Figure 10 shows the heat exchange of the 16 scenarios at different stages when the steam flows out of HTR-PM or boilers to oil reservoirs. The loss of heat is an average value since 30 oil wells are selected for injection and the loss of heat will be different when the steam flows to different oil wells. For the first 8 scenarios where superheated steam is provided by HTR-PM, the enthalpy of the fluid out of HTR-PM is around 3500 kJ/kg. After flowing through the main steam pipeline, the enthalpy of the fluid before entering the steam line goes down to 2800–2900 kJ/kg. Because of the loss of heat in the branch steam pipeline, the enthalpy of the fluid before the well head becomes less than 2800 kJ/kg. The heat loss in the well tube is determined by the structure of the well, where the biggest loss occurs in the normal tube without packer and the smallest loss in the heat insulation tube with packer. For the other 8 scenarios where the wet steam is provided by boiler, the enthalpy of the fluid out of boilers is less than 2400 kJ/kg. Since the fluid from the boiler does not flow through the main steam pipeline but directly flows into the branch steam pipeline, there are only three stages for the fluid provided by boiler. The features of heat loss of the fluid in the last 8 scenarios are the same as the first 8 scenarios.

676529.fig.0010
Figure 10: Heat of steam at different stages in the 16 scenarios.

Figure 11 shows the dryness of the fluid entering the oil reservoirs and the pressure change of the fluid after the steam flows through the main steam pipeline, the branch steam pipeline, and the well tube. The dryness and the pressure change are also average values since their values will be different when the steam flows to the 30 different oil wells. The dryness of the fluid entering reservoirs of scenarios 1–8 is much higher than that of scenarios 9–16. Especially for scenarios 2, 4, 6, 8 where the heat insulation tube is used, almost all oil reservoirs are injected by superheated steam (29 out of 30 wells). The pressure change of fluid of scenarios 1–8 is much higher than that of scenarios 9–16 since the fluid out of HTR-PM have to flow through an extra main steam pipeline which is several kilometers long.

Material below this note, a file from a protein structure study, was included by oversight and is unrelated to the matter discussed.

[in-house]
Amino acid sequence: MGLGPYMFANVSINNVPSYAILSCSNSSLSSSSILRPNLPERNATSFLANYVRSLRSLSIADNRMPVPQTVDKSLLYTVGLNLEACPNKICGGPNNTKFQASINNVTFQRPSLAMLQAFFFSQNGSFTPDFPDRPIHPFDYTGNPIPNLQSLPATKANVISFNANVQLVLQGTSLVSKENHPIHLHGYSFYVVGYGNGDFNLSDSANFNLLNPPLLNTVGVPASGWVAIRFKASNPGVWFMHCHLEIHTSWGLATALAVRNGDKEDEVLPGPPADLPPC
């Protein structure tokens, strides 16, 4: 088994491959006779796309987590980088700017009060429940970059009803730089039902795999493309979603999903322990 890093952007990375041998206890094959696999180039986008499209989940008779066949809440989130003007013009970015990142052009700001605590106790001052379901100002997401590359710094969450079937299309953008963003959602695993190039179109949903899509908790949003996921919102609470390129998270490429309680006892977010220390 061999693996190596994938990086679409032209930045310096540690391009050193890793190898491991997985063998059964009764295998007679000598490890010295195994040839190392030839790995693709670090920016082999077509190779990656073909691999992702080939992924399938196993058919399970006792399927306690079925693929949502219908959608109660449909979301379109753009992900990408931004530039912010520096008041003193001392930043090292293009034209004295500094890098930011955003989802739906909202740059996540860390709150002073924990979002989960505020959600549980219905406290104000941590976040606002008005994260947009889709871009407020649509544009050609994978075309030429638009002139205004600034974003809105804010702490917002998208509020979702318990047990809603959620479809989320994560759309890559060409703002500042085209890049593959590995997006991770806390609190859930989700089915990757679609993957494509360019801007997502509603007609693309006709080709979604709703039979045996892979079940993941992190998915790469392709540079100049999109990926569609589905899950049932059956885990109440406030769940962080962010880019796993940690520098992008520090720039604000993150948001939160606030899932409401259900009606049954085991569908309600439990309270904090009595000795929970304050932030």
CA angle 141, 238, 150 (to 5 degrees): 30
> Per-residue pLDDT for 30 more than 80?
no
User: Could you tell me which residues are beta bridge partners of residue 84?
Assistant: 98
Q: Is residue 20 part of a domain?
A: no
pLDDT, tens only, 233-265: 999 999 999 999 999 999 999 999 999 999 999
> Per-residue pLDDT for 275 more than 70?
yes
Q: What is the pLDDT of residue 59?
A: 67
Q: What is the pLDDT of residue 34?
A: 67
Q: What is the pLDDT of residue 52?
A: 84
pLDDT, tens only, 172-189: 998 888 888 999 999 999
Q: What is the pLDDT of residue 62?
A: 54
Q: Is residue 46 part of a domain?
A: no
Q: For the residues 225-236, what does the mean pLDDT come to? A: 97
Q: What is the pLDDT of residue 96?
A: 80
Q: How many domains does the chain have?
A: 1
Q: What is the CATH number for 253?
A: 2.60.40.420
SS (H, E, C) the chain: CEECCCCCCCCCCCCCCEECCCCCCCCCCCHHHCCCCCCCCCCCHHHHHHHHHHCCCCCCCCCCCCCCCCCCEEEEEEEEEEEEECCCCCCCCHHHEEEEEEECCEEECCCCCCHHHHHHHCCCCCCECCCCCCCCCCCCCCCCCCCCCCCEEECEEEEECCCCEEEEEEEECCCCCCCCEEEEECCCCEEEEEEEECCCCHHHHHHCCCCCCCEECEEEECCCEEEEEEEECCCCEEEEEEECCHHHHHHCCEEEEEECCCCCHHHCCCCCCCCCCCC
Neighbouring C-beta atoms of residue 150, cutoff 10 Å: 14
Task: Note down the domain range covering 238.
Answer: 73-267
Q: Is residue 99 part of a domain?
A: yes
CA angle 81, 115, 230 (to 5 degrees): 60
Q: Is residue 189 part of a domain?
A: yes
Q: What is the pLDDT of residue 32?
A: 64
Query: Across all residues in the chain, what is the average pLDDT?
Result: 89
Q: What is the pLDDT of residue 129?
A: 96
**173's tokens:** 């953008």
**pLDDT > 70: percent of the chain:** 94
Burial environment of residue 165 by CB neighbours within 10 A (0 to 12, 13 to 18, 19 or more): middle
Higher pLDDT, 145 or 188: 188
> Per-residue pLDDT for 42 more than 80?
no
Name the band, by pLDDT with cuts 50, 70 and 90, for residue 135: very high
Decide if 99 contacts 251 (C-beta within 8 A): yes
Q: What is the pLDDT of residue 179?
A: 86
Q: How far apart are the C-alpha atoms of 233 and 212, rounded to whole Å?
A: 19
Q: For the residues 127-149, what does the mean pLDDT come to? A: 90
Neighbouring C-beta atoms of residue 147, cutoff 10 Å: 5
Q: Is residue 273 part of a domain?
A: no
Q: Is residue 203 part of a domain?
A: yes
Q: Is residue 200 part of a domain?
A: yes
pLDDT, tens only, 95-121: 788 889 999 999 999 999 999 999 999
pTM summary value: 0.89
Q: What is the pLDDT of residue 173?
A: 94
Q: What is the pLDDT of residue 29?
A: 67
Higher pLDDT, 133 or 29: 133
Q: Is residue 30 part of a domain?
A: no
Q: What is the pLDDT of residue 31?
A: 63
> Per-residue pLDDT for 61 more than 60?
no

676529.fig.0011
Figure 11: Dryness and pressure drop of injected steam in the 16 scenarios.
5.3. Discussion

(i)For all 8 scenarios where the steam is provided by HTR-PM, the majority of the heat loss exists in the main steam pipeline since it is usually several kilometers long. Another reason is that the temperature of the fluid in the main steam pipeline is relatively higher than the temperature of the fluid in other stages, such in the branch steam pipeline and well tube.(ii)The heat loss of the fluid in scenarios 1–8 is much higher than that in scenarios 9–16. However, the heat of fluid entering the oil reservoirs in scenarios 1–8 is much higher than that in scenarios 9–16.(iii)In scenarios 5–8 and 13–16 where the pipeline is underground, the heat loss is less than that in scenarios 1–4 and 9–12 when the pipeline is overground. However, the difference between them is small. It shows that the underground pipeline has no obvious advantage on heat insulation over the overground pipeline under the present condition.(iv)From well head to oil reservoirs, the heat loss in the heat insulated well tube is much lower than that in normal tube.(v)The dryness of the fluid entering the oil reservoirs in scenarios 1–8 is much higher than that in scenarios 9–16. Especially in scenarios 2, 4, 6, and 8 where the insulation well tube is used, the fluid entering the majority of 30 oil reservoirs is superheated steam.(vi)In scenarios 1–8 where steam is provided by HTR-PM, the total flow resistance is much higher than that in scenarios 9–16 where the steam is provided by boiler. The main reason is that the fluid out of HTR-PM has to flow through an extra main steam pipeline which is several kilometers long. Another reason is that the specific volume of the fluid in scenarios 1–8 is relatively higher than that in scenarios 9–16.